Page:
1972 – Watergate break-in; Nixon re-elected anyway; Equal Rights Amendment approved by Congress (states failed to ratify it by 1979 deadline).

1973 – S&P 500 set record of 122; OPEC established and oil embargo started, leading to long lines at the pump; 16 month recession started.

1974 – Nixon resigned and Ford assumed presidency; S&P 500 bottoms out at 61, a 49% decline; inflation exceeds 12%.

1975 – Vietnam War ended; unemployment rate hit 9%.

1976 – Carter defeated Ford, the incumbent president.

1979 – the second oil crisis; Iran took 52 U.S. diplomats hostage for 444 days.

1980 – Reagan defeated Carter, another incumbent president; hostages released on day of inauguration; 6 month recession; stagflation reached apex with “misery index” of 22% [employment rate (8%) plus inflation rate (14 %)], staggering compared to Nov. 2008 misery index of 8% [unemployment rate (7%) plus inflation rate (1%)]; prime rate hit record of almost 22%; after almost 7 years, the S&P exceeded its 1974 high.

1981 – 16 month recession started.

1982 – unemployment rate peaked at almost 11%; real GDP declined almost 2%.

Strange as it may seem, I take solace from this history — our country’s ability to absorb so many body blows for so long.  We’ll get through our current nightmare, too.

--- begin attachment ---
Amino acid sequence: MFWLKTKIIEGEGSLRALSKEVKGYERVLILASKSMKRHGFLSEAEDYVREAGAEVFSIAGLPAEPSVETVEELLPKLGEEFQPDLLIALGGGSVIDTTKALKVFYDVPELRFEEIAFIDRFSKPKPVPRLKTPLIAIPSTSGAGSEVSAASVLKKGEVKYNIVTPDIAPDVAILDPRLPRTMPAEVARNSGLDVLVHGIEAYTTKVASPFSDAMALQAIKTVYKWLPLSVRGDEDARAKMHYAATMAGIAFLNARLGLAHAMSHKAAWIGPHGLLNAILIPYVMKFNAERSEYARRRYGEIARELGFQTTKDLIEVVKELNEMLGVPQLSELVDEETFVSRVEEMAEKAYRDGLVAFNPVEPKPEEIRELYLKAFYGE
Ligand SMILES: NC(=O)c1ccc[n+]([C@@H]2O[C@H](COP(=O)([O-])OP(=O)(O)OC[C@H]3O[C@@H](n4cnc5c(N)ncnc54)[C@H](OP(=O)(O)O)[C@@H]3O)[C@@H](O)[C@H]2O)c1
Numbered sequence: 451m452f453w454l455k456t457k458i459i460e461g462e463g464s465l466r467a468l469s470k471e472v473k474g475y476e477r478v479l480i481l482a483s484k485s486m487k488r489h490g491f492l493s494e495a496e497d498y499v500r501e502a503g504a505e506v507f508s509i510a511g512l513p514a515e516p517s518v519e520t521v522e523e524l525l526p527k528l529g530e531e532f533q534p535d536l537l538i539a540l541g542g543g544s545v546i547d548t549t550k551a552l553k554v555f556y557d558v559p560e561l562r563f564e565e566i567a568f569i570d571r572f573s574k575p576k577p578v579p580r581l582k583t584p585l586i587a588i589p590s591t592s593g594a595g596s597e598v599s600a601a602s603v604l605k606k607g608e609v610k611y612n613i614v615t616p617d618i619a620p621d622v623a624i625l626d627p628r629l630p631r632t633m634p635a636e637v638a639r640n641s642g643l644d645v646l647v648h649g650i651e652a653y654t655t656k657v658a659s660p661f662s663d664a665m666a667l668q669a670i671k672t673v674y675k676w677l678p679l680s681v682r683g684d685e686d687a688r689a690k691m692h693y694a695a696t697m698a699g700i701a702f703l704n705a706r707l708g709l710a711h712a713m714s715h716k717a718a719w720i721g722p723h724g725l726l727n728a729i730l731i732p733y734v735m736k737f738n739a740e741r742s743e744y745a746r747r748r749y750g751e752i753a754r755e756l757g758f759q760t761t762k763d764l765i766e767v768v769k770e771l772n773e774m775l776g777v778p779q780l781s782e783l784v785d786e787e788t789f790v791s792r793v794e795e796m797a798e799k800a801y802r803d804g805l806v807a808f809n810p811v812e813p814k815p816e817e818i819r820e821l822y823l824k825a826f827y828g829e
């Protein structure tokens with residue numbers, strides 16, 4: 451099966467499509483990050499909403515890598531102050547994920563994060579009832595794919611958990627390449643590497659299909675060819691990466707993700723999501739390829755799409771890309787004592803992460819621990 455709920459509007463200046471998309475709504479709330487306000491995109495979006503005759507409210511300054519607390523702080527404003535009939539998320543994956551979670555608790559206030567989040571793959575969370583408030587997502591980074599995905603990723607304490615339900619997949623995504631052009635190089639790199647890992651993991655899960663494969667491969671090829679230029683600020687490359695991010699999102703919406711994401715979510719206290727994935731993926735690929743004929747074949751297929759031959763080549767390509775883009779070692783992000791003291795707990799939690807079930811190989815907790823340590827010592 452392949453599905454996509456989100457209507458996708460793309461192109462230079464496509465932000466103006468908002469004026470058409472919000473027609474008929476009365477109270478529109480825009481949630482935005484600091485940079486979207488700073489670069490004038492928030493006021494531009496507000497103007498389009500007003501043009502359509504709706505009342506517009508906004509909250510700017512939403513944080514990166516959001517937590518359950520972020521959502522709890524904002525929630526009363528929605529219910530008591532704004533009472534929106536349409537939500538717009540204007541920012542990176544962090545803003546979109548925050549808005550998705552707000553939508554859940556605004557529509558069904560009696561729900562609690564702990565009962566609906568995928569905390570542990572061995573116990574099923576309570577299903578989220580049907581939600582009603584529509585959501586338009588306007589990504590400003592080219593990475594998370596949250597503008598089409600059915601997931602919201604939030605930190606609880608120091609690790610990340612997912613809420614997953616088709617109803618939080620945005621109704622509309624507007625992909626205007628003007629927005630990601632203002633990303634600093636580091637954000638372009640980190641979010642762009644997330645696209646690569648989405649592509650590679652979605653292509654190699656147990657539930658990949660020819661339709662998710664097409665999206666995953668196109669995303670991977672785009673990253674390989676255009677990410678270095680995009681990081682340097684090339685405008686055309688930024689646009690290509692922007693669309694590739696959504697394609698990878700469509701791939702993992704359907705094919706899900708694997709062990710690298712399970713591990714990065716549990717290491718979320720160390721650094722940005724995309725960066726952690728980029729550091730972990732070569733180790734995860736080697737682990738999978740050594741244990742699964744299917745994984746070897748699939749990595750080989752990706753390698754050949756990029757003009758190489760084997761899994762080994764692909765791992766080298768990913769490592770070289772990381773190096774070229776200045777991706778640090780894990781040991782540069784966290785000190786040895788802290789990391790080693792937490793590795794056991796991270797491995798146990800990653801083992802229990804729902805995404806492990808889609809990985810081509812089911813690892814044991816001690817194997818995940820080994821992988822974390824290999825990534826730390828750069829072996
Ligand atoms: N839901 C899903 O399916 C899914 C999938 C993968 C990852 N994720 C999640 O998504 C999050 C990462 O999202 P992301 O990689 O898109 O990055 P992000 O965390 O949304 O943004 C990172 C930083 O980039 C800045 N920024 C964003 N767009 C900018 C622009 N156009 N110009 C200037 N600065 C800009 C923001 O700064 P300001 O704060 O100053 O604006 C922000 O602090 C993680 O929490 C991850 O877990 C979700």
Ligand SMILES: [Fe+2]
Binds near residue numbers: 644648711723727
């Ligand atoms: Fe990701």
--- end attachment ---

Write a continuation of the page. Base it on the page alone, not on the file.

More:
But, first, we must all do our part and vote (if you haven’t already).

Please, as always, pass it along.




BidenBrief #9: The “Debate” — Another Wanton Act of Cruelty

October 2nd, 2020|

Hello Everyone,

The news of President and Mrs. Trump’s positive COVID tests broke just as I was finishing writing this piece. In the spirit of compassion, I wish them both well.

Since the presidential-debate-turned-horror-show, I have struggled to make sense of it, as I’m sure many of you have.

What causes Donald Trump to commit endless wanton acts of cruelty? The constant breaking of norms?

As I’ve written since 2015, his acts are not susceptible to political analysis, only psychological analysis. The “debate” was only the most recent example – and one of the most egregious.

David Brooks wrote yesterday: “…the crucial thing about Donald Trump is that he is not a nationalist who uses immoral means. He is first and foremost an immoralist, whose very being was defined by dishonesty, cruelty, betrayal and cheating long before he put on political garb.”